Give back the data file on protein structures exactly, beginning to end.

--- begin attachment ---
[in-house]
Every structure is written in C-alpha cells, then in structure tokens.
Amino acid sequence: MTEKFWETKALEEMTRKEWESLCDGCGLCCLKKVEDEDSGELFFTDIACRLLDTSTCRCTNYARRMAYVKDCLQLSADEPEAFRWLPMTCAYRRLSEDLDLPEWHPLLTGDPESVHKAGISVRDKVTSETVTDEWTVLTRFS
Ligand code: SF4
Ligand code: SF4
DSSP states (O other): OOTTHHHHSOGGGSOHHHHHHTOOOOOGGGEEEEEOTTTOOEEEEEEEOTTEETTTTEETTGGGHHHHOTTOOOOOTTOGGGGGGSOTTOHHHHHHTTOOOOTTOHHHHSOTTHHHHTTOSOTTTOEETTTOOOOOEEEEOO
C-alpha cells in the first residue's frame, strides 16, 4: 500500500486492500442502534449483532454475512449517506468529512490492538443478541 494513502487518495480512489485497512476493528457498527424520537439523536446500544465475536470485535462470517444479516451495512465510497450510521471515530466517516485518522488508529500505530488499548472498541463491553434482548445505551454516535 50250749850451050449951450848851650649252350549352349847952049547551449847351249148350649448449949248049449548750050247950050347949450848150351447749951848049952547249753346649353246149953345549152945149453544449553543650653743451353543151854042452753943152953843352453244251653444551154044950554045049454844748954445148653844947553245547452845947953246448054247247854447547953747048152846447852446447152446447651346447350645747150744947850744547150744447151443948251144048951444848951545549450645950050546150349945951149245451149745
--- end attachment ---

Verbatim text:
[in-house]
Every structure is written in C-alpha cells, then in structure tokens.
Amino acid sequence: MTEKFWETKALEEMTRKEWESLCDGCGLCCLKKVEDEDSGELFFTDIACRLLDTSTCRCTNYARRMAYVKDCLQLSADEPEAFRWLPMTCAYRRLSEDLDLPEWHPLLTGDPESVHKAGISVRDKVTSETVTDEWTVLTRFS
Ligand code: SF4
Ligand code: SF4
DSSP states (O other): OOTTHHHHSOGGGSOHHHHHHTOOOOOGGGEEEEEOTTTOOEEEEEEEOTTEETTTTEETTGGGHHHHOTTOOOOOTTOGGGGGGSOTTOHHHHHHTTOOOOTTOHHHHSOTTHHHHTTOSOTTTOEETTTOOOOOEEEEOO
C-alpha cells in the first residue's frame, strides 16, 4: 500500500486492500442502534449483532454475512449517506468529512490492538443478541 494513502487518495480512489485497512476493528457498527424520537439523536446500544465475536470485535462470517444479516451495512465510497450510521471515530466517516485518522488508529500505530488499548472498541463491553434482548445505551454516535 50250749850451050449951450848851650649252350549352349847952049547551449847351249148350649448449949248049449548750050247950050347949450848150351447749951848049952547249753346649353246149953345549152945149453544449553543650653743451353543151854042452753943152953843352453244251653444551154044950554045049454844748954445148653844947553245547452845947953246448054247247854447547953747048152846447852446447152446447651346447350645747150744947850744547150744447151443948251144048951444848951545549450645950050546150349945951149245451149745